Most school districts are failing to provide students, teachers and staff with clear policies that balance students’ legal right to privacy with the need for safety and order, warns a new ACLU of California report,
“H-E-L-L-O: Students have a right to privacy in their cell phones.” As cell phones become more and more indispensable to young people, confiscation and searches of students’ phones by school authorities has become widespread. Because such searches provide a window into every aspect of a students’ private life, they violate the laws that protect students’ privacy rights.
“Without reasonable suspicion that a student has violated a rule or law using the phone, beyond simply having it out in the open or turned on in violation of school policy, there is no legal justification for searching the phone,” said Hector Villagra, Executive Director of the ACLU of Southern California.
The report, sent to school superintendants statewide, summarizes the results of the ACLU’s examination of search and seizure policies in nearly 200 California school districts, reviews the current legal limits for searching students’ belongings, and lays out the components of an ideal model policy.
Cell phones not only keep records of call logs, text messages and voicemails, but also store videos, photo albums, e-mail, records of webpages visited, and provide access to social networking sites and personal calendars. Indiscriminate searches of students’ cell phones therefore threaten students’ privacy rights in ways that have never before been possible.
The authors of “H-E-L-L-O” outline many privacy concerns, including these:
- Searching a cell phone can reveal not only virtually everyone a person knows and with whom he/she communicates and how often, it can also unveil a student’s political views, financial and personal struggles, family and romantic relationship dynamics and medical information such as doctor, therapist and counselor appointments.
- An administrator reviewing a student’s cell phone may uncover information regarding the student’s sexual orientation that the student has chosen to keep private from classmates, school staff, or perhaps even his/her parents.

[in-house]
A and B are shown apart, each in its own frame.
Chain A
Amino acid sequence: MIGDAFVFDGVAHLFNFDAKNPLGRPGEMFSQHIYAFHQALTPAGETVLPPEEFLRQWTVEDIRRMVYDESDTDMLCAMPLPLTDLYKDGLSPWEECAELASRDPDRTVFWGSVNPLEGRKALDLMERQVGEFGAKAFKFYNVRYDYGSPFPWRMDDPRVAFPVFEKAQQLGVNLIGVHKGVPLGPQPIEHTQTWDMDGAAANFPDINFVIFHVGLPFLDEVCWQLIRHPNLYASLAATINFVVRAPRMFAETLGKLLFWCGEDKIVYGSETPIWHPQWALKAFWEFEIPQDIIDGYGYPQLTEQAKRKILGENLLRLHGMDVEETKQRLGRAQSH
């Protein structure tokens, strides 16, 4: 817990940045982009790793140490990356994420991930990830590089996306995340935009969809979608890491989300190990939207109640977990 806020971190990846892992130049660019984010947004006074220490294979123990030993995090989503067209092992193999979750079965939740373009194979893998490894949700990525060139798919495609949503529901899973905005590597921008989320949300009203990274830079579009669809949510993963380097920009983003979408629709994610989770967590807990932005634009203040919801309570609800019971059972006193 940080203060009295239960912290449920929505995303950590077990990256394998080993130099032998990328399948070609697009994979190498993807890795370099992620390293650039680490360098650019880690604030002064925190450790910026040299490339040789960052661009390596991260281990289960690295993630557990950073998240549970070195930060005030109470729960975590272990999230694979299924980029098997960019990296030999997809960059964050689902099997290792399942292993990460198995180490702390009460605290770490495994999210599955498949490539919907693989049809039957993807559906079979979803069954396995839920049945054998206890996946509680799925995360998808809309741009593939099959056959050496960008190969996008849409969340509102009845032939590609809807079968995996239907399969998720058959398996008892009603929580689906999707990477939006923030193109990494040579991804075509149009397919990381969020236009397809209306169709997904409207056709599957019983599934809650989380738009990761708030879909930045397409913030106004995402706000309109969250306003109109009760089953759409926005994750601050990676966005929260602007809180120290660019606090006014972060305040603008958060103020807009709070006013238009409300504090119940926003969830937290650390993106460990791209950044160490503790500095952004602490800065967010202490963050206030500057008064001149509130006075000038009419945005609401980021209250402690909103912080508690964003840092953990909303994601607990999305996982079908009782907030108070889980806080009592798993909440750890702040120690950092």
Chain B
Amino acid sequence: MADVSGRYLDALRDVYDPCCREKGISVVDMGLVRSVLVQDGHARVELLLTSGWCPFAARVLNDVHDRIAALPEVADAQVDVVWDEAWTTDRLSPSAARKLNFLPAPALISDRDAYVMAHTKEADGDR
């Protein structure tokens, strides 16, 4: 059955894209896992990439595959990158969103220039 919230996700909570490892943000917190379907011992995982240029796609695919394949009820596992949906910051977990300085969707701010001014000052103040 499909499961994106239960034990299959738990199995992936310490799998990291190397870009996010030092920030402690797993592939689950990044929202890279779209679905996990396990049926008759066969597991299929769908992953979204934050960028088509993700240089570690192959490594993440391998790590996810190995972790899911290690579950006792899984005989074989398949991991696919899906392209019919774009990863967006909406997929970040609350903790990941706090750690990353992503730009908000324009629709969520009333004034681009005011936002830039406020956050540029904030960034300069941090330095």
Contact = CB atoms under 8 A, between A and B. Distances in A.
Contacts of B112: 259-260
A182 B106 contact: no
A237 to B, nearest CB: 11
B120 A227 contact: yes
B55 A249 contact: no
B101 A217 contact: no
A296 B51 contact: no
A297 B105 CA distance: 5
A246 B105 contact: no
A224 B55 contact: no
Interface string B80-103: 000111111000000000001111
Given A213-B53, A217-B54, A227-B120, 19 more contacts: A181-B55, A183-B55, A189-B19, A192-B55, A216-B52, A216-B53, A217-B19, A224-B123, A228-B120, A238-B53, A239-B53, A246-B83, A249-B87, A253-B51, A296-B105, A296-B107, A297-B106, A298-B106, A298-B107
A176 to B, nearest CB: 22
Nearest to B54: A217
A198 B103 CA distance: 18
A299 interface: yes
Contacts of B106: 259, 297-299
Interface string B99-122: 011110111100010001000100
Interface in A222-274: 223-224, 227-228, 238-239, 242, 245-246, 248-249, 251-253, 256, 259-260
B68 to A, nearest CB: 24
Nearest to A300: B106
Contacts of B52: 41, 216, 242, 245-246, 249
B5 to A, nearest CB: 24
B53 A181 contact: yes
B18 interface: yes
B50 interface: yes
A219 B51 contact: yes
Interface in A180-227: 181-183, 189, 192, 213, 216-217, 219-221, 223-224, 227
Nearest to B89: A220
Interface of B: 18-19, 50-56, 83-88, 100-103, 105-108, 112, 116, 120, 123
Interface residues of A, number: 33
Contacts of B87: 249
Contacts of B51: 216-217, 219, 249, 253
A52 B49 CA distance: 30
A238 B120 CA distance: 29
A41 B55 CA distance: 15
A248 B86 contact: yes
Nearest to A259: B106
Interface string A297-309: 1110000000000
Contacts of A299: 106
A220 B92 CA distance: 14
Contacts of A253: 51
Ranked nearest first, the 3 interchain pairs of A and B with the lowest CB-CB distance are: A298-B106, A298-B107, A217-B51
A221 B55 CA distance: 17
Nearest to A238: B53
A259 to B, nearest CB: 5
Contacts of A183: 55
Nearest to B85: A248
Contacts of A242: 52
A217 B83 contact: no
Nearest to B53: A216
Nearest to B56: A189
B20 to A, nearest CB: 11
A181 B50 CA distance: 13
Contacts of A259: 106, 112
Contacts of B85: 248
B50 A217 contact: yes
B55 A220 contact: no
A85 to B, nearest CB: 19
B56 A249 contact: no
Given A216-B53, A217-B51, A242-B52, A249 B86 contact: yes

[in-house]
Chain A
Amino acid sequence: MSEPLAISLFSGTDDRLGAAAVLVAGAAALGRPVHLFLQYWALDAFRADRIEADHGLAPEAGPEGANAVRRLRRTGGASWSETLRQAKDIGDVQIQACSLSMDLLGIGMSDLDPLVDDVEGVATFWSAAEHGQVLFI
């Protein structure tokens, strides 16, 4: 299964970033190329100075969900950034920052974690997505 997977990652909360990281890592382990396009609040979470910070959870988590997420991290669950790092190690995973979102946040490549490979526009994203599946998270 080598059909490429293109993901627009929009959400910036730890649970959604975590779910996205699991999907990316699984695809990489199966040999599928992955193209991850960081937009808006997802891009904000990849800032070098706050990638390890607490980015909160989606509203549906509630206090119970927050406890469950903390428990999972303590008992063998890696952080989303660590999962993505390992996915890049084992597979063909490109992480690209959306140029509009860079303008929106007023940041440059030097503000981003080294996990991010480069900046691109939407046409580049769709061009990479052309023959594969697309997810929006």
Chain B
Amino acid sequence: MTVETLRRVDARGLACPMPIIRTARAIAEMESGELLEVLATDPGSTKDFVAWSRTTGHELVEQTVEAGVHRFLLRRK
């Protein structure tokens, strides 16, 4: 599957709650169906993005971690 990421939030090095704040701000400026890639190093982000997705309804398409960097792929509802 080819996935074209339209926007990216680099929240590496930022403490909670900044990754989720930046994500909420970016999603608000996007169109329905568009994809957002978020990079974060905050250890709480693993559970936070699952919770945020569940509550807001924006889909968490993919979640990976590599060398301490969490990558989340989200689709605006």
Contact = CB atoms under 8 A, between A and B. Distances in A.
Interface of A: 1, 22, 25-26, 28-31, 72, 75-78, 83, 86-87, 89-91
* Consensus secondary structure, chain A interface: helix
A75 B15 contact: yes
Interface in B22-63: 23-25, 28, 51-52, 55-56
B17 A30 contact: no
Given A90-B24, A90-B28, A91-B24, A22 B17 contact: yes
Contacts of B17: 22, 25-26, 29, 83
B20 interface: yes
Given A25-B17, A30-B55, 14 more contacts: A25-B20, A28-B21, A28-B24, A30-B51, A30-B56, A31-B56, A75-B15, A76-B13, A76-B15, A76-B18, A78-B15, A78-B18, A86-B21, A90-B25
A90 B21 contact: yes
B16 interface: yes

- When students’ cell phones are paid for and owned by their parents or shared with them and/or siblings, an unrestrained search threatens not only the private information of that particular student, but that of the entire family.
“Sweeping searches threaten to teach our youth that such invasions of privacy are unavoidable, or worse, routine parts of civic life,” said ACLU attorney Linda Lye. “As technology advances, privacy protections must keep pace.”
The U.S. Supreme Court has long held that students have legitimate privacy expectations in public schools, and that any search of student property must be “reasonably related [in scope] to the objectives of the search and not excessively instrusive in light of the age and sex of the student and the nature of the infraction.” A search is justified only when an administrator has “reasonable grounds for suspecting that the search will turn up evidence that the student has violated or is violating the law or school rules.”
Curiosity, rumor or hunch, or even simply being disruptive, is not enough to warrant a search. A school may not search one student’s cell phone to discover evidence of another student’s potential misconduct.
“Simply put, to avoid potential constitutional violations, school districts should refrain from searching students’ cell phones,” concluded David Blair-Loy, Legal Director of the ACLU of San Diego and Imperial Counties.
The report acknowledges that cheating, cyberbullying, and sexting present pressing problems, but argues that “their solution cannot justify wholesale invasions of privacy, particularly in the more common instances when no such misuse of the phone is suspected.” In the past, the ACLU has opposed such invasions of student privacy as electronic monitoring and tagging of jerseys and backpacks, the collection of student information in electronic databases to be shared with the federal government and military recruiters, random drug testing, and unreasonable surveillance.